Those words never sounded more hollow than Thursday when Gilbert, Robert Sarver and other cranky owners watched three front offices finish a deal that urinated on their faux decree.

To keep up appearances and avoid eating moldy crow, Stern conspired with Gilbert to create the sport’s latest disaster piece. Rockets GM Daryl Morey has to be thinking, “We ended the work stoppage for this crap?”

Fans can hate the Lakers for always finding a way to steal the show with Buss at the helm. The team disappeared in the 1990s only because his cost-cutting replacement was not proactive.  Fans can detest L.A. for that, but they must understand the facts.

Mitch Kupchak assembled attractive assets worthy of Demps and Morey’s consideration. He executed a legal trade to get Gasol that vaulted the Lakers to three straight NBA Finals. He re-signed Lamar Odom and Andrew Bynum to contracts that would make them valuable trade pieces down the line.

Get over it, Dan.

Stern must go now and take the fall for the devastation he caused. The lockout wiped out the traditional preseason and 16 games because Stern handed over his authority when he needed to wield it most. He salvaged a campaign that will open Christmas Day, but the money at stake did more to inspire labor peace than the bumbling commissioner.

He talks so tough, the way an exceptional, sans-pareil former attorney should. His actions, though, warrant a pink slip taller than Dwight Howard.

Getting Gilbert, Donald Sterling and several other billionaires gone would do more to improve professional basketball than new CBA regulations, but alas, they pay, they stay.

Stern can no longer hide behind the same protection.

Kupchak cannot bully his Orlando counterpart Otis Smith into swapping Howard, the NBA’s best center, for Andrew Bynum. That damaging deal was not inevitable. I will not cite any sources on that because logic will do the trick. Smith has other options. Orlando Sentinel reporter Josh Robbins wrote that Howard wants a trade to New Jersey. ESPN first reported that scenario.

The Magic, as Robbins noted in a blog post, could call Howard’s bluff.

A few things need to occur alongside Stern’s dismissal. The NBA must find a buyer for the Hornets or relocate the team. This whole conflict of interest thing does not work. It then must renege on its Thursday decision and allow this trade to happen.

The owners’ grand puppeteer almost threw his popular league off a cliff. Stern followed up that disgraceful act by sabotaging Demps promising career with a no-win situation. This will yield low-ball offers for Paul, seething season-ticket holders and a PR nightmare.

It hurts Houston and L.A. What does Mike Brown tell Gasol and Odom today as camp starts, if they attend? They were heartbroken. What does Kevin McHale say to Martin, Scola and Dragic?

Gee, sorry guys. We, uh, goofed up there. Uh, we’re sorry.

No filler words or apologies can repair the leaking roofs that will soon flood the Toyota Center and New Orleans Arena. The Staples Center will, at least, take on water.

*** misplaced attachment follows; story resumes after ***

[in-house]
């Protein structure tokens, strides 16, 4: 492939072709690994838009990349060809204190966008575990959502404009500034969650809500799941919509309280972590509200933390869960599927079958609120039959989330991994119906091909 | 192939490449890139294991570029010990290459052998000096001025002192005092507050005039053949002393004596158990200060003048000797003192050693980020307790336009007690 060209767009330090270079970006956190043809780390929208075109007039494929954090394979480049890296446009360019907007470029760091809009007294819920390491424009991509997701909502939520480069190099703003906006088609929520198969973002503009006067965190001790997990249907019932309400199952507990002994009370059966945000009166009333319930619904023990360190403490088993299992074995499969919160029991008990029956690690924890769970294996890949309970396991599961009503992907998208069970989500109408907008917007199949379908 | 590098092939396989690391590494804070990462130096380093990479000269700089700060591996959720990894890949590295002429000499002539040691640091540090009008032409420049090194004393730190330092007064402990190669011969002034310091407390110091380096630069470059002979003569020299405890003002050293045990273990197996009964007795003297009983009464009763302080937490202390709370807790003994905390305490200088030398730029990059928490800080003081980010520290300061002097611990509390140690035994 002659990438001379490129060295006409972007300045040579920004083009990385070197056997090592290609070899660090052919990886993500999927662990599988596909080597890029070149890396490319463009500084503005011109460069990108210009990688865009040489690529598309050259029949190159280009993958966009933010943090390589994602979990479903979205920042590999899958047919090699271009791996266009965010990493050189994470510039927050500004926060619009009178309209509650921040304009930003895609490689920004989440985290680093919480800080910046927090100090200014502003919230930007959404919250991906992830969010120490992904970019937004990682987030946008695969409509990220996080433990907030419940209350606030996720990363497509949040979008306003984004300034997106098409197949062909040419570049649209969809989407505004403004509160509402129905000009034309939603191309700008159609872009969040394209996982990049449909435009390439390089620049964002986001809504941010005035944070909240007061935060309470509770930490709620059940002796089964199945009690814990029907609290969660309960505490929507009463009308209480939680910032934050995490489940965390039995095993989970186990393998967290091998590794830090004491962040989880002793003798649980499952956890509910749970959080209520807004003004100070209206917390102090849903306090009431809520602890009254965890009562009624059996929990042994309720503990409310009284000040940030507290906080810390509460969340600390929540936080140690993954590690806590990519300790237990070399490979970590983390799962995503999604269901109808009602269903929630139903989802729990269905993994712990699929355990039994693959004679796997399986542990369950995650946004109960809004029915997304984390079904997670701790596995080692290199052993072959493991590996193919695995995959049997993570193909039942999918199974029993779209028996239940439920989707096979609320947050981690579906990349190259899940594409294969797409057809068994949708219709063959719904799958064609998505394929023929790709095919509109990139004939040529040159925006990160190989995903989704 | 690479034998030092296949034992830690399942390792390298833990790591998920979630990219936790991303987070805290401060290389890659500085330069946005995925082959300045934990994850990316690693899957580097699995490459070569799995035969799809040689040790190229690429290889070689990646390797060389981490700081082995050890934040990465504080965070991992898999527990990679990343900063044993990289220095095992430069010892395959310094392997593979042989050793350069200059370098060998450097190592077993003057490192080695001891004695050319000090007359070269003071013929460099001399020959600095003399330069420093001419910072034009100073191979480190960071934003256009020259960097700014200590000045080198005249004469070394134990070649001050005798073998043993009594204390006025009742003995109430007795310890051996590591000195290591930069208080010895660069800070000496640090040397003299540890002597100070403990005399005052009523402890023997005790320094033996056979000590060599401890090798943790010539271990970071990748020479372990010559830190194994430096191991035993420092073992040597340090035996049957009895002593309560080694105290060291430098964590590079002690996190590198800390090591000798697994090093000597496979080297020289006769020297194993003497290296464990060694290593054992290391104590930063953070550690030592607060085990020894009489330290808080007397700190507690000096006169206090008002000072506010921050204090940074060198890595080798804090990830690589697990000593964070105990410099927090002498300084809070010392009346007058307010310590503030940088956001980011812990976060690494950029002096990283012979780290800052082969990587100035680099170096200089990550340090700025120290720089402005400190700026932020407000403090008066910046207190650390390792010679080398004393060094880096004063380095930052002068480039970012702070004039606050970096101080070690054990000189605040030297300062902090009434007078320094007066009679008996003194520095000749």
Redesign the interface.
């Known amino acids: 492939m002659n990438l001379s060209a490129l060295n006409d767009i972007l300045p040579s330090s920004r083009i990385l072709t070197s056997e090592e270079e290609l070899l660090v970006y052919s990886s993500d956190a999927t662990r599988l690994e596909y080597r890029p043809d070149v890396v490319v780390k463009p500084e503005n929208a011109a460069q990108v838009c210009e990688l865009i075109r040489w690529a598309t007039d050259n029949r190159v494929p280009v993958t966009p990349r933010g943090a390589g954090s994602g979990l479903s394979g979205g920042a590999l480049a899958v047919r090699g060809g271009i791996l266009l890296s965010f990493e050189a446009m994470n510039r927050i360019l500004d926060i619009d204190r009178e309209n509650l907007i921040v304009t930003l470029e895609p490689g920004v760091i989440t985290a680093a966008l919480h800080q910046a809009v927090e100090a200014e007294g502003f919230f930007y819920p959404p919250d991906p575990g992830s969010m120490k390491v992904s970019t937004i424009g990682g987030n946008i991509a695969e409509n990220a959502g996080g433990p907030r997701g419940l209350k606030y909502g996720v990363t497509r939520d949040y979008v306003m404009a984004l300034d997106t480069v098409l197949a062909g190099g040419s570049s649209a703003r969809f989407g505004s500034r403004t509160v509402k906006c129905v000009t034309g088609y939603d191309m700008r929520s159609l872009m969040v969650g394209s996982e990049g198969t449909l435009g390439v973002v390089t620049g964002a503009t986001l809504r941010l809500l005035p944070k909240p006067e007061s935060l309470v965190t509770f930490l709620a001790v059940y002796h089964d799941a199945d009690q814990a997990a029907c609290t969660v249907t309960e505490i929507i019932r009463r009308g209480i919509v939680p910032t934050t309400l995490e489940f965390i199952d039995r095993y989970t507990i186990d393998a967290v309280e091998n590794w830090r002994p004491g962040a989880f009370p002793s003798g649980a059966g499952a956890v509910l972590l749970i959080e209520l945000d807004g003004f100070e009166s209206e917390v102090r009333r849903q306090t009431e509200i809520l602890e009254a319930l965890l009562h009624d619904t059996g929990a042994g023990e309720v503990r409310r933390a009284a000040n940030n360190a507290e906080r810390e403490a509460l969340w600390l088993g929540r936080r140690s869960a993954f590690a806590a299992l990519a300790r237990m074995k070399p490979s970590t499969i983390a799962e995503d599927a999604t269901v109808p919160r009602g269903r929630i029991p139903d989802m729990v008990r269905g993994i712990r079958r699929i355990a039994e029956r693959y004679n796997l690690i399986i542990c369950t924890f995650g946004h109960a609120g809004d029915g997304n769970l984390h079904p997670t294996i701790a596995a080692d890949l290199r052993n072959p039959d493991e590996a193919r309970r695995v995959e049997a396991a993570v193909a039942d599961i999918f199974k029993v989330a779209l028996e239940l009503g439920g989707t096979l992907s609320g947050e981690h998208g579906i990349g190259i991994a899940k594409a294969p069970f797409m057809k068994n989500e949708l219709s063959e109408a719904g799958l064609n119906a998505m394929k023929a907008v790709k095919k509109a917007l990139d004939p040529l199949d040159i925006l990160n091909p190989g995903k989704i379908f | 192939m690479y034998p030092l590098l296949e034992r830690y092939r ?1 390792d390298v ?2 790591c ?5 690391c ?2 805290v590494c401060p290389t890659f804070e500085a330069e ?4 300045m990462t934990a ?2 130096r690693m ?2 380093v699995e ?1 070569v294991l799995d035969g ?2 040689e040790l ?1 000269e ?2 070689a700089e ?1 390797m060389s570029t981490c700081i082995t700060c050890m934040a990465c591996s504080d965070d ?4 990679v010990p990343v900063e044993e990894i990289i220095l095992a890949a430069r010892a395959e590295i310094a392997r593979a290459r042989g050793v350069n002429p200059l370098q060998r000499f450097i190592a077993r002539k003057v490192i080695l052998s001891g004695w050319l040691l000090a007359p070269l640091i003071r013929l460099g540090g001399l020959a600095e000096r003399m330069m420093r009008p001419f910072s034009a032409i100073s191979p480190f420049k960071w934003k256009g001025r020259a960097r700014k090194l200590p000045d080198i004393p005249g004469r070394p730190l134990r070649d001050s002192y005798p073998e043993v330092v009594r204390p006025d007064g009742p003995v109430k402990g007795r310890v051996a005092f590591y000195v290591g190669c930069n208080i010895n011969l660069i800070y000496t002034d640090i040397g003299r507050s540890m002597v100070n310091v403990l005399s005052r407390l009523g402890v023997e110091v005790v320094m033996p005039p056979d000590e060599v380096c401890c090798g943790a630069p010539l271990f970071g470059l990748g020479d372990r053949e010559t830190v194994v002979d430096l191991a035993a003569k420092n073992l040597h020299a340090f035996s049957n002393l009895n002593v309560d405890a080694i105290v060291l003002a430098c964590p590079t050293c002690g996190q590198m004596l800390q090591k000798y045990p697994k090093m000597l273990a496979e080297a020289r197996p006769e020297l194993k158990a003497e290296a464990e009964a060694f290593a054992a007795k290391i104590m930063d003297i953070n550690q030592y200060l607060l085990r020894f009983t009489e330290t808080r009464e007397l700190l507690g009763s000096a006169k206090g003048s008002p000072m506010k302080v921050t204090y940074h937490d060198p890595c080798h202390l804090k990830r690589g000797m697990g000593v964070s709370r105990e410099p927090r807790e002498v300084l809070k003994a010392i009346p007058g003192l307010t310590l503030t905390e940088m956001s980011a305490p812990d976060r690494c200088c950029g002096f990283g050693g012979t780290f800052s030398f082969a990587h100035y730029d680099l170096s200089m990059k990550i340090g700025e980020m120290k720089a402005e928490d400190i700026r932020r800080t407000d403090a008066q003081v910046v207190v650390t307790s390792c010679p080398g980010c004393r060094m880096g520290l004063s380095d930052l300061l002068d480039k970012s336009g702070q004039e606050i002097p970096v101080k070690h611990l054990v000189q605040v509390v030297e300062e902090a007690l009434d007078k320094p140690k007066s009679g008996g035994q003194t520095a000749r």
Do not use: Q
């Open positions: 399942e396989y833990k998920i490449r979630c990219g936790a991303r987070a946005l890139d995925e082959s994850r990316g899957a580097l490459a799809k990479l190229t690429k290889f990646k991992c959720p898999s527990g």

Gilbert may not deserve all of the scorn that will assault him. Some of his fellow owners share in the blame. His visibility, though, makes him an easy, justifiable target.

The league stalled thanks to a five-month labor dispute. This cancelled trade emits the same fishy aroma. Stern wisecracked in a Dallas All-Star game press conference two years ago that anyone calling the upcoming work stoppage “bologna” (or baloney) had the wrong meat. They damn sure do not have the wrong seafood.

Paul should have congregated with his new coach and teammates at the Lakers’ practice facility in El Segundo, California. Gasol and Morey should have answered questions at a Toyota Center press conference no later than this weekend. Martin, Scola and Dragic should have touched down in the land of gumbo and Bourbon Street.

Instead, Stern decided to hijack a reasonable trade and massacre it. For that, he deserves expulsion. No more clinging to the rise of Magic Johnson, Larry Bird and Michael Jordan via his marketing or the game’s globalization. A year’s worth of mistakes and blunders renders those accomplishments meaningless until he resigns.

The NBA needs Stern to quit when he’s only behind by 20 for plenty of legitimate basketball reasons.

A season almost perished because of his sagging, inadequate leadership. How much more must die at the hands of a proud but infiltrated man no longer fit to run a $4 billion business?

A legendary figurehead has not performed his primary duty—ensuring the sport’s health and profitability—in his sport’s darkest hour since a 1999 lockout and a 2004 brawl in Detroit.

A hero has turned himself into an unnecessary villain. Stern crossed an inexcusable line Thursday night. The lone acceptable recourse is clear: block him. If he will not do it himself, Alexander and Buss should not waste any time in commencing a necessary mutiny.

Stern has screwed up enough.